On November 9, 2016, KLB visited the CHKD urgent care clinic for asthma, after she had a "cough, chest tightness or wheezing" for three days. R. 726. She was instructed to take Albuterol every four to six hours for five to seven days. R. 727. On November 21, she returned to the clinic for "cough, wheezing and chest tightness since yesterday." R. 818-19. She was instructed to use Albuterol every four to six hours for five to seven days and follow-up with her pediatrician. R. 820.

         On January 28, 2017, KLB was treated in the CHKD emergency department for asthma, and told to follow up with her doctor in two days. R. 854.

         3. Other Doctor Visits and Medical Records

         a. Records from 2012 and 2013

         In 2012 and 2013, the records reflect eight visits to CHKD and Dr. Michelle Curry, with some asthma flare-ups when KLB was not compliant with daily Advair medication, but improvement after Albuterol treatment. R. 375-83. The reports from several visits state that KLB had no new symptoms and was "doing better." R. 377-78.

         b. Records from 2014

         In 2014, KLB had approximately sixteen doctor visits, of which six were follow-up visits with no new concerns, one was an evaluation, and two noted non-compliance with her medications.

         A CHKD visit on February 12, 2014, reported that KLB complained of "weakness and chest hurting in school exacerbated by activity," and "mom reports child[']s SOB [shortness of breath] is severe that school nurse has noticed child gets [shortness of breath] with activity." R. 372. The same report noted that KLB "[h]asn't been really using Advair consistently," and that she was prescribed one puff of Advair twice daily. R. 372, 374, KLB saw Dr. Curry on March 4, 2014, for a sore throat, wheezing, stomach ache, and headaches. R. 477-78, A CHKD follow-up visit on March 10, 2014, reported that KLB's "spirometry numbers [were] lower" because she was "not compliant at this time" with her Advair prescription, and she was given Albuterol the day before for wheezing. R. 370. A follow-up eight days later reported that KLB had fatigue and chest pain "for a while now," and it is "a little hard to breath[e] when there is no chest pain but moreso with chest pain." R. 368.

         On April 14, 2014, KLB saw Dr. Epstein in CHKD's Pediatric Pulmonology Clinic. R. 269-70. Dr. Epstein noted that KLB had a "history of chest pain" since October 2013, and "has been missing significant amount of days of school secondary to crying associated with being in pain," and also could not do activities at home due to pain. R. 269. She noted that KLB was last treated with oral steroids in October 2013, and had no emergency room or hospital visits since that time. R. 269. KLB was 11 years old at the time, and in the 97th percentile for weight and 10thpercentile for height. R. 269. She had 100 percent oxygen saturation on room air, and Albuterol treatment produced a "statistical significant change" in her pulmonary function. R. 270. Dr. Epstein prescribed two puffs of Advair twice daily for her asthma and "continuing albuterol as needed," as well as nasal steroids and Zyrtec for allergic rhinitis and Naprosyn for pain associated with costochondritis. R. 270. A follow-up visit two months later reported that KLB had no new concerns, although she needed Albuterol twice weekly "for wheezing since it got very hot out," and she still had pain in her chest. R. 367.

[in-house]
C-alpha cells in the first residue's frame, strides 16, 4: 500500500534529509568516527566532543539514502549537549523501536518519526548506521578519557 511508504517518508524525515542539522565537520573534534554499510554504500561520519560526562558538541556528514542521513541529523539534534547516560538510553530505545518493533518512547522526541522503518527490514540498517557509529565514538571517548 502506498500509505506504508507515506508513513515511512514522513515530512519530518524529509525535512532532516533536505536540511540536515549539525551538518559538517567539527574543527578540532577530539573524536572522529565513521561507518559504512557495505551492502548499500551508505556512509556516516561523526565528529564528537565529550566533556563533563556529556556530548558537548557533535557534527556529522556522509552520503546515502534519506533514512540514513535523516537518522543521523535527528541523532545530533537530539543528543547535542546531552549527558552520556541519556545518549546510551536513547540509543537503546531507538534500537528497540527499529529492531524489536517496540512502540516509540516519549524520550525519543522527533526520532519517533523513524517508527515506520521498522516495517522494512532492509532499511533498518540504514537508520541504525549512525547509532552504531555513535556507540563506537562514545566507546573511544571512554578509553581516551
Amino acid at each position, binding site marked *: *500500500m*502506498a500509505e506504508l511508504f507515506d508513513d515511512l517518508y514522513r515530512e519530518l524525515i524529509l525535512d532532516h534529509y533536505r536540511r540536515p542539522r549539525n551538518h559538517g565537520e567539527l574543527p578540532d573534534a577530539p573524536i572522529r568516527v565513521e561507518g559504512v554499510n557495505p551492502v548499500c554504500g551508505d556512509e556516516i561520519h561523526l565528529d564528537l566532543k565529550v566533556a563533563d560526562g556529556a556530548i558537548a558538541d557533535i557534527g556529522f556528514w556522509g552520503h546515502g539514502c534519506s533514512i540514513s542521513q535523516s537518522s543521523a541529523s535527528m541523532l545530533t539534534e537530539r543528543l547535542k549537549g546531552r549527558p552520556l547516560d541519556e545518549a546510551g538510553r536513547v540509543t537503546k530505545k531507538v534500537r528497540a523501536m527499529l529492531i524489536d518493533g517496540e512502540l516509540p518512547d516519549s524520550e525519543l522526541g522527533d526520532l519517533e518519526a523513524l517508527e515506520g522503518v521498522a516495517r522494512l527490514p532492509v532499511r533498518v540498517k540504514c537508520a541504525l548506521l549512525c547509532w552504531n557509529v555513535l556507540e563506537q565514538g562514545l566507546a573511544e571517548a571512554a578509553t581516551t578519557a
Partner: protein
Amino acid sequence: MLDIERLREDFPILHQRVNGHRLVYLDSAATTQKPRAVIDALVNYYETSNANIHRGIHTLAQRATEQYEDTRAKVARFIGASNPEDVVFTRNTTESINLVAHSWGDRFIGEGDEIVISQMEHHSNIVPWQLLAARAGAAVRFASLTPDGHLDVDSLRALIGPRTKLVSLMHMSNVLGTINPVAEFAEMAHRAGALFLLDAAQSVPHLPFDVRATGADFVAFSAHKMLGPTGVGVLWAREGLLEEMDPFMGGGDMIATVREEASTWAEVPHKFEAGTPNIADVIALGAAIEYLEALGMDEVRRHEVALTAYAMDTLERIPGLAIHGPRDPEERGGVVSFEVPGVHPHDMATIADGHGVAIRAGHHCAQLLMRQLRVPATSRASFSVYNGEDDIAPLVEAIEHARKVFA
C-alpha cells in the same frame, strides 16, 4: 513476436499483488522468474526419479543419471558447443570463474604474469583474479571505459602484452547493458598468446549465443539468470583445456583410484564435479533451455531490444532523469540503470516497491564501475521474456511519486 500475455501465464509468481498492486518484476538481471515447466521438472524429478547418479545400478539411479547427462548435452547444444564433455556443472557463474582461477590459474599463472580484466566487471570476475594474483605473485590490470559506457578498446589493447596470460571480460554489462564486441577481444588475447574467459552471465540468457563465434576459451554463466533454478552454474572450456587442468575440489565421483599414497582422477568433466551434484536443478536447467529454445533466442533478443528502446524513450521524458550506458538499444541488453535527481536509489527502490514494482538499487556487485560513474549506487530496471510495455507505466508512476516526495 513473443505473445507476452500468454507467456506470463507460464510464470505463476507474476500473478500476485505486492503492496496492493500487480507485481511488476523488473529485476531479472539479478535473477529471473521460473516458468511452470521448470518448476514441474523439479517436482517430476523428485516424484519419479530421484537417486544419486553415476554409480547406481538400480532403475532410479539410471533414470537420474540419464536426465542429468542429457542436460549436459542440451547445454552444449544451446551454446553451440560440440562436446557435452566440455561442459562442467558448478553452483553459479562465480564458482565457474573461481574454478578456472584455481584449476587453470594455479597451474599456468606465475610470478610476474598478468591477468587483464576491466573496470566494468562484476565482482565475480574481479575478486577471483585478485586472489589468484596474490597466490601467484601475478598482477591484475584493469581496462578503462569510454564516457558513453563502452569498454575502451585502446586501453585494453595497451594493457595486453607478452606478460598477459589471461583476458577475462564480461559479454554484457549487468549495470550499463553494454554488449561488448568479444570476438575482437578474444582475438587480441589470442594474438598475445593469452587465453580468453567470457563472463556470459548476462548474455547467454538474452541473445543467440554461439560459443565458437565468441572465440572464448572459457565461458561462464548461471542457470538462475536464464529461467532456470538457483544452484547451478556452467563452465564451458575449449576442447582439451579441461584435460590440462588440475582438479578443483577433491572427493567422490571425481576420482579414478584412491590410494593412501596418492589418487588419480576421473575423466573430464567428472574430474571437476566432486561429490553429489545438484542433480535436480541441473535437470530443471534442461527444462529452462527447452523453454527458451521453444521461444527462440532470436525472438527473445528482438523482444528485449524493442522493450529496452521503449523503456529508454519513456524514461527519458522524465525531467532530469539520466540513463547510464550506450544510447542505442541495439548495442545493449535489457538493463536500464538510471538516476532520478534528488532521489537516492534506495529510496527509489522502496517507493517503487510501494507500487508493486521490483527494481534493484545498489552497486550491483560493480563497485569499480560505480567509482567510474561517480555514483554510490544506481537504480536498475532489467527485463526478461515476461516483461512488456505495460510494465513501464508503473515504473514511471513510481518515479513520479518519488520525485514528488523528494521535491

On August 7, 2014, KLB saw Dr. Epstein in the CHKD Pediatric Pulmonary Clinic, two days after an emergency room visit. R. 272-73. Dr. Epstein reported that KLB "is trying to exercise and walk, but she is unable to do so secondary to pain," she has "intermittent episodes of coughing and wheezing which has been worse over the past several days associated with her [asthma] flare," and she "has not been on prednisone." R. 272. KLB had 100 percent oxygen saturation on room air, and her pulmonary function testing showed "a mild obstructive pattern with a decline in her flows since her last effort" and "despite her medium strength inhaled steroid therapy." R. 272. Dr. Epstein increased KLB's Advair dosage, but did not change the frequency. R. 273. Dr. Epstein noted that KLB "has a history of chest pain for which the etiology remains unclear." R. 272.

         A CHKD follow-up visit four days later, on August 11, 2014, reported that KLB experienced shortness of breath that morning and "started coughing when she got here," but she was given Albuterol via a nebulizer "after which the lungs were clear." R. 365-66. A follow-up two weeks later reported that KLB complained of chest pain "but no cough, shortness of breath or difficulty breathing," and that she was taking the Advair as prescribed and had not needed Albuterol since her last visit. R. 363.

         KLB saw Dr. Epstein again on September 4, 2014, and reported that, since an emergency room visit several days earlier, KLB's "significant shortness of breath has resolved and she is back to her baseline chest pain and shortness of breath with exertion." R. 274. Dr. Epstein further noted that KLB had 100 percent oxygen saturation on room air, and her pulmonary function testing showed "a significant improvement since her last effort and best lung function she has had;" due to that improvement in pulmonary function, Dr. Epstein saw "no reason to take a course of oral steroids" which had been prescribed, but not administered, after KLB's last emergency room visit. R. 274. KLB "continues to have chest pain daily for which she is not able to participate in activities." R. 274. A CHKD visit on September 24, 2014 reported "[n]o new concerns today," and that KLB was "walking daily" with her mom "and also around the track at school." R. 362.